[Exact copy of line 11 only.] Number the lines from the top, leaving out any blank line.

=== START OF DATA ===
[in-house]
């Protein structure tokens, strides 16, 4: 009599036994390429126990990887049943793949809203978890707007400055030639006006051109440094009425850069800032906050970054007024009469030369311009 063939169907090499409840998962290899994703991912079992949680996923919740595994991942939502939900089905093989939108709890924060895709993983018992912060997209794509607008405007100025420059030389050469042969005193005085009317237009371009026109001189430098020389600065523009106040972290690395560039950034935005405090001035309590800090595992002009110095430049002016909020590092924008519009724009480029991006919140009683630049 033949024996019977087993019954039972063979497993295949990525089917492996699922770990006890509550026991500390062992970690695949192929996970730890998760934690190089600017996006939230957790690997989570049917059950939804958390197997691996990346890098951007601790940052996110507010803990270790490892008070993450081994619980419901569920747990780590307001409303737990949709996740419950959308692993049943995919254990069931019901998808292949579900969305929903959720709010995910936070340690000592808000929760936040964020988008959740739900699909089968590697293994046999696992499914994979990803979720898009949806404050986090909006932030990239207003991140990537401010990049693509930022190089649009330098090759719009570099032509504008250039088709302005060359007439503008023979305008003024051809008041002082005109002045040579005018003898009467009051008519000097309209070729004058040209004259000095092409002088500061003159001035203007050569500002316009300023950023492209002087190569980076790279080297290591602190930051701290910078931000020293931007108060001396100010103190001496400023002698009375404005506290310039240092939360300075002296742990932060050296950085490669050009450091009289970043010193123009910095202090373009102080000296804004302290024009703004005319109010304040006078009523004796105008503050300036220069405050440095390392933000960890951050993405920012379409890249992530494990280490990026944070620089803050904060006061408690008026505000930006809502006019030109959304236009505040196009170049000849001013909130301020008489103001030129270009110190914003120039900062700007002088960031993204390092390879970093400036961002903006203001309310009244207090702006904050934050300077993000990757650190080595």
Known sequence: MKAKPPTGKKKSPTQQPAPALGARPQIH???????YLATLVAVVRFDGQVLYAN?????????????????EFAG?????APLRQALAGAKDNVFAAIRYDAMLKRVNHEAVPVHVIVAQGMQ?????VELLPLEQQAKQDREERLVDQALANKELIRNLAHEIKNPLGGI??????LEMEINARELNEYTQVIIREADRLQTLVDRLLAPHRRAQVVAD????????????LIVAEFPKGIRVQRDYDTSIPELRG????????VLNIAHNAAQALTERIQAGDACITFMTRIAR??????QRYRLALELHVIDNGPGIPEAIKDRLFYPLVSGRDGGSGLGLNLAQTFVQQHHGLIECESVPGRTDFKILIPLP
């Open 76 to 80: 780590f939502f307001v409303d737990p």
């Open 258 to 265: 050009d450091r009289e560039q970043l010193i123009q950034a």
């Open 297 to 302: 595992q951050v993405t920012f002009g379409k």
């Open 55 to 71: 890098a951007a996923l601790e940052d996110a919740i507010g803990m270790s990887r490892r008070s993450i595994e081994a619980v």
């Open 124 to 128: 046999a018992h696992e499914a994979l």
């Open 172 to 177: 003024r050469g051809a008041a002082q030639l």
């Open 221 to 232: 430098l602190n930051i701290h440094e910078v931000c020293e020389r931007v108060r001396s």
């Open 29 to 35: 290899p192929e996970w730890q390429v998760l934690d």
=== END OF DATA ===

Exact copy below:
């Open 29 to 35: 290899p192929e996970w730890q390429v998760l934690d």